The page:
According to police, Dr. Robert Ferrante chronically suspected his much-younger wife of having affairs on him. So in April 2013 the celebrated neurologist ordered up some cyanide, concocted a deadly brew with it, and served it to her smiling.
It was 30 times the lethal amount and his spouse collapsed almost instantly, dying from acute cyanide poisoning a few days later in the very same hospital where she was head of obstetrics and gynecology.
Thus ended the brilliant career and life of Autumn Klein, a 41-year-old physician and mother of one ... and thus began the investigation into her highly suspicious premature death.
A no brainer
Across the globe tens of thousands of homicides are committed annually, and in the vast majority of these cases the victims are acquainted with or related to their killers.
In fact, sometimes they're even married to them.
Those unwavering crime statistics take the guesswork out of most murders, especially obvious ones like Dr. Autumn Klein's, a woman with everything to live for who was definitely not suicidal.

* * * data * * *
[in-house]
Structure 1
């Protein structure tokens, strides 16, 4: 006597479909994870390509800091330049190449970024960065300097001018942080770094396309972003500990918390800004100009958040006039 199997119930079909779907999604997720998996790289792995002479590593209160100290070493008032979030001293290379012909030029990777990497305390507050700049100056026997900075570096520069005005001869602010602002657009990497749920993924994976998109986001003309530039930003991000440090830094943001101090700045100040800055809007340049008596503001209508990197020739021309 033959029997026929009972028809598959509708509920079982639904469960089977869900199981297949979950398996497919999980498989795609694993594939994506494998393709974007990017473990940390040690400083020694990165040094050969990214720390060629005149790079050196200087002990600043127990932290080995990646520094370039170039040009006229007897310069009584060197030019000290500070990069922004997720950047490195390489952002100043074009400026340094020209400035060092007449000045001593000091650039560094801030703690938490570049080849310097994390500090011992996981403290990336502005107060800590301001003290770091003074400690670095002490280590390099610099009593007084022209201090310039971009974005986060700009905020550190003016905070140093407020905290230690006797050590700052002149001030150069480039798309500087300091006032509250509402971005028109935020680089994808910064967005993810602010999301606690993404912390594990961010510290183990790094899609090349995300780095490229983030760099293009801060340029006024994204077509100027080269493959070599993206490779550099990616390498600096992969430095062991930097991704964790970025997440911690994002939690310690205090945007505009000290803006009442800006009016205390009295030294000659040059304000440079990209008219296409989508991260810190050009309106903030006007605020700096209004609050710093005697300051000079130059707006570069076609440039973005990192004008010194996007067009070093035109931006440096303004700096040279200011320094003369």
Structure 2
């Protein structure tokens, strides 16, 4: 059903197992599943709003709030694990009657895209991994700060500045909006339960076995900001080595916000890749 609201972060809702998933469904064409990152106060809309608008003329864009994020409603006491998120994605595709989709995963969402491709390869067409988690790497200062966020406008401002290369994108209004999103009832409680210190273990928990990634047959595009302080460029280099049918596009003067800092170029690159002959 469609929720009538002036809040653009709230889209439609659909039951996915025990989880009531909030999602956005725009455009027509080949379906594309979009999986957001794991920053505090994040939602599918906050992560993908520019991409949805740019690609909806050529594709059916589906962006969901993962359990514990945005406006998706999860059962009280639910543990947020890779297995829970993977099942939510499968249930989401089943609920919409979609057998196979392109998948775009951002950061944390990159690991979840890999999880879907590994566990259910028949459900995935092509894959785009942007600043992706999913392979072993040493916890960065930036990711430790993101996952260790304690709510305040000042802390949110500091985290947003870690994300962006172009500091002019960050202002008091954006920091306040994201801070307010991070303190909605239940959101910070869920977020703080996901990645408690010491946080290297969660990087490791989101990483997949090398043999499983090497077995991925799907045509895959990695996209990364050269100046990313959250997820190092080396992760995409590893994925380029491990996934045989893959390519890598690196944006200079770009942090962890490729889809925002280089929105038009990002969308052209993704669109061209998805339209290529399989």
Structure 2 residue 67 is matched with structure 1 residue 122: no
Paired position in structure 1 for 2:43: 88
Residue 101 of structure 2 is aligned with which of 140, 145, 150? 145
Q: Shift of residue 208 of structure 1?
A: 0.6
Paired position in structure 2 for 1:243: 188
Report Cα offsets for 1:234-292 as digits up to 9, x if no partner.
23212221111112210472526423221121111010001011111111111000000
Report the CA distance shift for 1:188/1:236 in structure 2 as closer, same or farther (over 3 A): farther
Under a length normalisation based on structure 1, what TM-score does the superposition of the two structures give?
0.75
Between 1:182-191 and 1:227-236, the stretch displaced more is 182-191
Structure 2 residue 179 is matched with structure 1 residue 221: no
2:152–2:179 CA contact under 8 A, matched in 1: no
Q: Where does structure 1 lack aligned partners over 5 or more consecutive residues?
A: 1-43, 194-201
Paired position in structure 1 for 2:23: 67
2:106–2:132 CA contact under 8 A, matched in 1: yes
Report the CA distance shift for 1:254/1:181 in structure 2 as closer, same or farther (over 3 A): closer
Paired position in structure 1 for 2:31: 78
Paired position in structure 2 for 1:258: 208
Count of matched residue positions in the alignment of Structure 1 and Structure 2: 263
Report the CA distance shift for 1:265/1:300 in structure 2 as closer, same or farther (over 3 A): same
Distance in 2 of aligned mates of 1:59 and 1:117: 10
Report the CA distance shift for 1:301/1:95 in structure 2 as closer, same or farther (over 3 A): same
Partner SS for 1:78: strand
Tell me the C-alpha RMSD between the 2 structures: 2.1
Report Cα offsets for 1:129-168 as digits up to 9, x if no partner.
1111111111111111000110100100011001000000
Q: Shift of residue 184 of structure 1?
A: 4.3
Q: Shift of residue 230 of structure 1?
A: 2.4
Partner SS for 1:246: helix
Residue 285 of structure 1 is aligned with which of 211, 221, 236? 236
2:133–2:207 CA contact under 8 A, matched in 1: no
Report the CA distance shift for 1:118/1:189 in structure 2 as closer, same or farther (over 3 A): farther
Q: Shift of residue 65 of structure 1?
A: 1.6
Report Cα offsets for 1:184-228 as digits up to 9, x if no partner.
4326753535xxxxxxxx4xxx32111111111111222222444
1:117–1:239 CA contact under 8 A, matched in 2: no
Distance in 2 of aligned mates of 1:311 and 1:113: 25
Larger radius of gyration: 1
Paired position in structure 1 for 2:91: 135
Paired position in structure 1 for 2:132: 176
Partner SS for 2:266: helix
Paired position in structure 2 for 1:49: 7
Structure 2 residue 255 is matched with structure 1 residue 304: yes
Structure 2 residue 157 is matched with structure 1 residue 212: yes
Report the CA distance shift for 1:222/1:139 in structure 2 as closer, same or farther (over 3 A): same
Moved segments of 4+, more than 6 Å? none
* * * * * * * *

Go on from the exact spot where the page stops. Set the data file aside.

Klein was also much too healthy to have succumbed to a sudden massive "stroke" or cardiac arrest, as her husband claimed when emergency personnel arrived at their home in Pennsylvania this past spring and found her comatose but still clinging to life.
Over three months later detectives have made it clear: They've never bought into the acclaimed neurosurgeon's on-the-spot diagnosis.
They arrested Dr. Ferrante yesterday for the poisoning death of his bride.
When neuroscientists get neurotic
Like paranoid professor of neuroscience Dr. Amy Bishop gunning down three university colleagues and wounding three more in a campus massacre she'd plotted for months after being denied tenure, a twisted scientist can prove to be quite deadly.
As to the source of Dr. Robert Ferrante's own madness, no evidence of his deceased wife's *affairs* has yet materialized. But a man whom he jealousy believed was her latest paramour has confirmed she intended to discuss with her assassin something he would "not like."
Apparently as early as February 2013, Autumn Klein, weary of her husband's "controlling nature" and his routine accusations concerning her "infidelities," confided in that same male friend that she planned on terminating her unhappy marriage.
That's a fairly standard motive for spousal abuse and homicide, whether done with bare hands, conventional weapons, or a vial of cyanide.